Could the future of gaming be console free?
Last week's annual Game Developers Conference in San Francisco gave gamers a tantalizing glimpse at things to come in the world of interactive entertainment.
While the week of talks, demonstrations and press conferences was packed with news, the biggest attention grabbers included a device that promises to deliver high-end PC gaming without the computer and Nintendo's latest upgrades to its popular Wii console.
OnLive is a video games-on-demand service that requires only a low-end computer and high-speed connection to play the most technologically advanced computer games at home.
The system, developed by Rearden Studios, does all of the number crunching and heavy-duty processing at remote server clusters. All a gamer would need is a lightweight computer or a low-cost micro console that would handle the controller input.
The idea is that the device would send your controller input to OnLive's servers, which would be running the game, and would then send a video signal back to your television or computer monitor.
The big issue seems to be the potential of lag, something that is inherent in a system that sends signals over any distance. But Reardon promises any delays won't be noticeable.
If true, OnLive could take cloud computing out of the clouds.
While it's still in its testing phase, OnLive became the topic de jour at the conference, with developers imagining the impact such a device could have on the future of gaming.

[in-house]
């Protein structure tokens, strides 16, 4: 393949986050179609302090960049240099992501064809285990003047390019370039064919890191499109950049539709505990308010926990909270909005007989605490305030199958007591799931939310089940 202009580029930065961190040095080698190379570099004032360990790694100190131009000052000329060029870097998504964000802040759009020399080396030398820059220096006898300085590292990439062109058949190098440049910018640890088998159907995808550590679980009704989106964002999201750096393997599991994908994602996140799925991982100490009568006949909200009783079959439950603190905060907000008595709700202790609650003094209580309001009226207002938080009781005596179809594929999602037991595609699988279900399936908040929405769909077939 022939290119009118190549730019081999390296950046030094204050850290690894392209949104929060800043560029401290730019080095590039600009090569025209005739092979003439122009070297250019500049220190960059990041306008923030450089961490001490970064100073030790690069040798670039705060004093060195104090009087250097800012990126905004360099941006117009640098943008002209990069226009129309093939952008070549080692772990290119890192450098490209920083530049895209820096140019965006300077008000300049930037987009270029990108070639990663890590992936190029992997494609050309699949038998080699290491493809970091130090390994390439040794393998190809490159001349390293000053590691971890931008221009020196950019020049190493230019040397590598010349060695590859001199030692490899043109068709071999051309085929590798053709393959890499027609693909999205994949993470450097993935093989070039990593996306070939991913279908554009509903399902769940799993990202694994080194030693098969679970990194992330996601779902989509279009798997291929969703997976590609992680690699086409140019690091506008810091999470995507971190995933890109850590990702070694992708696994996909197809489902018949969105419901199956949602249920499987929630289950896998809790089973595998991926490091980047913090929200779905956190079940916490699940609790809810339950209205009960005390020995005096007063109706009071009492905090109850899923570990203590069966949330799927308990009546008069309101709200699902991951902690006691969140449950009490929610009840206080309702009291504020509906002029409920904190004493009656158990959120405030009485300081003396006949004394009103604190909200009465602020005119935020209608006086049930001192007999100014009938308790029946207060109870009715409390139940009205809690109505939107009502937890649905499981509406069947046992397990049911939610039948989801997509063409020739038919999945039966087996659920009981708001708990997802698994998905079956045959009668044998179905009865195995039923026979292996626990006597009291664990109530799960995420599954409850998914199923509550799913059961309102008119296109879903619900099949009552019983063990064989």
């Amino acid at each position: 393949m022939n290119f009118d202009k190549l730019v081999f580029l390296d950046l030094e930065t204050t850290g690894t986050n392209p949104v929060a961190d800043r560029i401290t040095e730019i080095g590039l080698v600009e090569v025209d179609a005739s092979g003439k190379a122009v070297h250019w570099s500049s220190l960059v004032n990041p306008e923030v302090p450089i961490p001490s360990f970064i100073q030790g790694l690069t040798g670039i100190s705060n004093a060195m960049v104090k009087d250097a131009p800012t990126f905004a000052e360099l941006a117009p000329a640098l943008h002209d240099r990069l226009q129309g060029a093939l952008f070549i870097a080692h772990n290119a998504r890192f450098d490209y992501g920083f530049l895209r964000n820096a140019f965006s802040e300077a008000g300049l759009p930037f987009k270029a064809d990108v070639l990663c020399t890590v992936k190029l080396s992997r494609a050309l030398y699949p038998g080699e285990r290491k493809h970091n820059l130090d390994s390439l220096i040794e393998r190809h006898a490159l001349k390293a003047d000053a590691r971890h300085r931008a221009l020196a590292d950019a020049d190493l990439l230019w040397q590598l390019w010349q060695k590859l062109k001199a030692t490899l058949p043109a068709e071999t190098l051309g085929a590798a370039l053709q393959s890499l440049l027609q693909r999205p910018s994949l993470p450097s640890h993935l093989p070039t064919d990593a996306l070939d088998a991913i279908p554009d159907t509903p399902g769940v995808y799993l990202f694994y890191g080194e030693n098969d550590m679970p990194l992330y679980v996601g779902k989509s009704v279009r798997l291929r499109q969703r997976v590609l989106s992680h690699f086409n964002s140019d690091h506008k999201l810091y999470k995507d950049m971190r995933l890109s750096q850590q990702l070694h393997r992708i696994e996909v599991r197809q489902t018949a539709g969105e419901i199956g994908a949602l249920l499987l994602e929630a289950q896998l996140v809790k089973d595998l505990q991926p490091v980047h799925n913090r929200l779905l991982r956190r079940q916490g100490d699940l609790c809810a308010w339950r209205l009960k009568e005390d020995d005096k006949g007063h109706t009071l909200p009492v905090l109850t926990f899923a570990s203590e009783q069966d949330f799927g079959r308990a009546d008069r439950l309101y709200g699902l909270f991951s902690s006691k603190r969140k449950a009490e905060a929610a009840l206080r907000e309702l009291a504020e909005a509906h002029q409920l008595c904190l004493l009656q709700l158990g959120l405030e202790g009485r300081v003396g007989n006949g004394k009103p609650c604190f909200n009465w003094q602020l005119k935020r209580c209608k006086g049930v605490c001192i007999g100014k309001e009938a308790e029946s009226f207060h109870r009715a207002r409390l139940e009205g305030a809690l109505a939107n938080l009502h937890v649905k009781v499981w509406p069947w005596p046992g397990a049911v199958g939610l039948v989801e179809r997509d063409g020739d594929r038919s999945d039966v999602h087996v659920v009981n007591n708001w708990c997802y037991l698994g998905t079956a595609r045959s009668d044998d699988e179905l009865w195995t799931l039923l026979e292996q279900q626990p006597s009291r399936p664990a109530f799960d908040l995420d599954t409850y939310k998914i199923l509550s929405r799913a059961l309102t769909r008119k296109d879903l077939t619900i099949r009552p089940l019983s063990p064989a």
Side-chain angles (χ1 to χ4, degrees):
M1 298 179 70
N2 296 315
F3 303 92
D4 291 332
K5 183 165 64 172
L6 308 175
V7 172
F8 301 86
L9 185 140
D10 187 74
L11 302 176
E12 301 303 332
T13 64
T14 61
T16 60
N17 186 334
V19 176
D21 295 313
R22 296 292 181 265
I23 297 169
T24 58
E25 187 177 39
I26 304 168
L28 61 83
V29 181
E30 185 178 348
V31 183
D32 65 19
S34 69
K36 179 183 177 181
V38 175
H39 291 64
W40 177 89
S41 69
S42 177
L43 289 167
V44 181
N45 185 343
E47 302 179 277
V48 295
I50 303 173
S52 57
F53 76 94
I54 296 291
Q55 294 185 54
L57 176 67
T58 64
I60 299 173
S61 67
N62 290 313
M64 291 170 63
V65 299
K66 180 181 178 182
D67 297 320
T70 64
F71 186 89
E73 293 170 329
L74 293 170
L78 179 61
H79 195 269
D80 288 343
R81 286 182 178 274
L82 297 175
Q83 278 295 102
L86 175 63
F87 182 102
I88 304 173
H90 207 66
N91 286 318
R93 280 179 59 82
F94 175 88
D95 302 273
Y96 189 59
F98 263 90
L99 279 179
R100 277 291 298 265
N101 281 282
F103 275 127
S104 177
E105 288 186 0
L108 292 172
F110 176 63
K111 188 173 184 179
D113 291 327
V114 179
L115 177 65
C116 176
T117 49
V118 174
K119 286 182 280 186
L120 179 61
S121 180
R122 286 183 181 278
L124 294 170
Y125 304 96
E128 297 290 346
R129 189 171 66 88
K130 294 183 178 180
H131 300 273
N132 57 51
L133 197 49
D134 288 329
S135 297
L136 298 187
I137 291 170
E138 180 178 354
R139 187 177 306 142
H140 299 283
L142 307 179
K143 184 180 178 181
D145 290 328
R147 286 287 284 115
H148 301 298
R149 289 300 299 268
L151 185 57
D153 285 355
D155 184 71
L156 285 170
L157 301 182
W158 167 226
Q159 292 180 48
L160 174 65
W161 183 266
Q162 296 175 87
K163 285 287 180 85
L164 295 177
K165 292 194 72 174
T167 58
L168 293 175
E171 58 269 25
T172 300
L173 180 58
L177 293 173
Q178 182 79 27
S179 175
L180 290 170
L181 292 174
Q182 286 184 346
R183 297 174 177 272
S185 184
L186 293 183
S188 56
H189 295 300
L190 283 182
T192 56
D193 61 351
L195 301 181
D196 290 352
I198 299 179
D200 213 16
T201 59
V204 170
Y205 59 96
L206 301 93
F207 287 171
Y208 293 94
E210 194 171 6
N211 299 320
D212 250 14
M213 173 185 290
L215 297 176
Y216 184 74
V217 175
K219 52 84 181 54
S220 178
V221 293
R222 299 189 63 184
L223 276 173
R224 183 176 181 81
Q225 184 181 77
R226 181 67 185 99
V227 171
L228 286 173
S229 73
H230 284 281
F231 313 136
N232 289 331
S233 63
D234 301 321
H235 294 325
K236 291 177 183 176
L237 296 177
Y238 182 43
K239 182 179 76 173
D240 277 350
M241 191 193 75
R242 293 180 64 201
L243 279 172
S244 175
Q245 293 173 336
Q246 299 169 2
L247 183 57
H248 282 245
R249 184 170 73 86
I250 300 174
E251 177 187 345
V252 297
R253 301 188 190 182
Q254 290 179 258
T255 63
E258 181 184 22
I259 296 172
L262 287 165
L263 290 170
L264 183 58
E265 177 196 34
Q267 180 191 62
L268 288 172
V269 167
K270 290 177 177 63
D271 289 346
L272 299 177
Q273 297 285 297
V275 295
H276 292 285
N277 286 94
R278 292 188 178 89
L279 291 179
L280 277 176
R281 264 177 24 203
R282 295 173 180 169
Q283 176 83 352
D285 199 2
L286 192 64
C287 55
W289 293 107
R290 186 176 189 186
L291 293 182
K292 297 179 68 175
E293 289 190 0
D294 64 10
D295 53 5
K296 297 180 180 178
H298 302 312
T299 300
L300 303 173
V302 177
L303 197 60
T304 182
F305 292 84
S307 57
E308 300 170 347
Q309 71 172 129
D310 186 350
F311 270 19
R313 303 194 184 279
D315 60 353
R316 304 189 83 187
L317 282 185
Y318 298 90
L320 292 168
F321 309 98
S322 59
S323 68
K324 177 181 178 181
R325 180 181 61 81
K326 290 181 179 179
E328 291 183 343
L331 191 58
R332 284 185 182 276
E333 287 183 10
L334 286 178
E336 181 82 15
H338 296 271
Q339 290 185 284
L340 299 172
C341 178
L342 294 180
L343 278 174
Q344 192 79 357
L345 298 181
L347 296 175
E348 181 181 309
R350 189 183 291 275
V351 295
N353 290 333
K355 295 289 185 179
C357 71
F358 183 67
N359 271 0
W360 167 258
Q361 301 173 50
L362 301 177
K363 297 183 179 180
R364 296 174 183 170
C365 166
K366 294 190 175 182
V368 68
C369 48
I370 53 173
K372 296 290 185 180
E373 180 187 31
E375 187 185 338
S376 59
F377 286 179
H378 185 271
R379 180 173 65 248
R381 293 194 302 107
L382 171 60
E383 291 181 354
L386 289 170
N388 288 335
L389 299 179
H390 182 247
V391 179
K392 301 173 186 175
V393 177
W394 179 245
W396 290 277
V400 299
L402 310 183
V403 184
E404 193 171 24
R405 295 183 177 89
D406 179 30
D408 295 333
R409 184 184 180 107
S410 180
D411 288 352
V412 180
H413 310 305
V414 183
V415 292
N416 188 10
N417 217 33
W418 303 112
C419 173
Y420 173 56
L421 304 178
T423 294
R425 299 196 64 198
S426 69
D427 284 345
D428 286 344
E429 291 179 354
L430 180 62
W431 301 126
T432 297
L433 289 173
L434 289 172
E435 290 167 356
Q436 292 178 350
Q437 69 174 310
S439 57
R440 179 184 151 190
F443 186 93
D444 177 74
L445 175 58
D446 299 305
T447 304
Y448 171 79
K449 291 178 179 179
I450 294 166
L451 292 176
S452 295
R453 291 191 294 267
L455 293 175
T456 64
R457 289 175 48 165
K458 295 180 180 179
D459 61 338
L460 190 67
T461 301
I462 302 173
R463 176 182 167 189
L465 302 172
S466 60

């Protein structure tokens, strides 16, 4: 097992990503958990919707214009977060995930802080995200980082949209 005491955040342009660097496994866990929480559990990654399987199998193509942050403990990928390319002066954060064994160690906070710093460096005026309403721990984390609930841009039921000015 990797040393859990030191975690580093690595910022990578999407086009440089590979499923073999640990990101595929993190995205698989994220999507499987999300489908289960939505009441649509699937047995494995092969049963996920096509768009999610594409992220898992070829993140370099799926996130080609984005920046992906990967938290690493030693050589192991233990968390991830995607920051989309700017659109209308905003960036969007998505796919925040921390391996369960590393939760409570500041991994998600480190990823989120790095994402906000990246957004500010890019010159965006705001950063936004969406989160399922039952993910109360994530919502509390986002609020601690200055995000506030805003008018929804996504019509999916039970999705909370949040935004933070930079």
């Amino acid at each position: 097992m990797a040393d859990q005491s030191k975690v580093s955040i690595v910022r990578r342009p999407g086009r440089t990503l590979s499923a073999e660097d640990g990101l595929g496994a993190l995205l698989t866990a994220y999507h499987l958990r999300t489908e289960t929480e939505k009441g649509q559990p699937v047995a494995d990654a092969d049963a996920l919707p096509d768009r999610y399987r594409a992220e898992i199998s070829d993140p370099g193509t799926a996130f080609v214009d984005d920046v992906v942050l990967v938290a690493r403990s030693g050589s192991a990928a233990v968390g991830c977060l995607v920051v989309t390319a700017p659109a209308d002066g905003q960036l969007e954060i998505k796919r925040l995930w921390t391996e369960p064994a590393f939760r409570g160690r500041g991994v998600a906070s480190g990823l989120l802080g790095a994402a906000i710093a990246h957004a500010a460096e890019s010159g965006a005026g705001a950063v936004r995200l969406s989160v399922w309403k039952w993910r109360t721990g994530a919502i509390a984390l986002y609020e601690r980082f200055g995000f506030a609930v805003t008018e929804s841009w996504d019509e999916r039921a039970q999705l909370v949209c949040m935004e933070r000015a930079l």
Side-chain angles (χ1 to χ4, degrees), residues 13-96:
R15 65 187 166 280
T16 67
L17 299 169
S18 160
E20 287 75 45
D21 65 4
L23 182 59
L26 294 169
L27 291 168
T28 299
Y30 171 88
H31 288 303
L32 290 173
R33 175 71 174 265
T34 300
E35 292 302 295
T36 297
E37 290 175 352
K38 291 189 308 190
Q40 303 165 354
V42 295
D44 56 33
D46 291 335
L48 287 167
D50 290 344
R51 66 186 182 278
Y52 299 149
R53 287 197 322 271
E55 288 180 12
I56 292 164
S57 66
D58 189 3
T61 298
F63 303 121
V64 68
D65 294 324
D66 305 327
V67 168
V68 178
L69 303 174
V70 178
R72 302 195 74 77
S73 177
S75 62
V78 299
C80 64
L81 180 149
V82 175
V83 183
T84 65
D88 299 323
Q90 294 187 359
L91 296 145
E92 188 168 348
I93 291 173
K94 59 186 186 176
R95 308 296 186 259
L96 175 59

The thing that excited the likes of developers Warren Spector, Will Wright and Peter Molyneux is the idea that by storing games somewhere other than on a disc or at a person's home, you could move gaming toward a universal console.
It could, Wright says, fundamentally change games, making them more like modern television.
The more immediate news coming out of last week's conference was Nintendo's latest upgrade to the Wii.
Nintendo President Satoru Iwata told the gathered developers during his keynote that his company has now shipped more than 50 million Wii worldwide.
He also announced that Nintendo would start selling classic arcade games on the console through its online store.
The biggest hardware news, though, was Nintendo's solution for the Wii's memory storage problem. One of the issues the Wii faced when initially released was that it had a relatively tiny amount of storage space, just 512 MB of built-in flash memory.
With the ability to purchase games online, that storage space can be quickly filled up. Initially Nintendo defended its position, saying gamers should delete games when they're not using them. But last week's press conference was an unusual acknowledgement by Nintendo that it had miscalculated.
Instead of announcing an add-on hard drive, though, Iwata announced that a free system update, made available last week, would now allow gamers to store games onto SD memory cards.
While the game doesn't need to be transferred back to the Wii to be played, the console will need to have enough memory to run the game.
Nintendo's solution for the Wii's storage woes comes about eight months after the company announced an add-on for its Wii remote controllers. Wii Motion Plus, a snap-on device for the remote due out later this year, makes the controllers more accurate, answering complaints some developers had about the remotes.
Brian Crecente is managing editor of Kotaku.com, a video-game Web site owned by Gawker Media. Join in the discussion at kotaku.com/tag/well-played.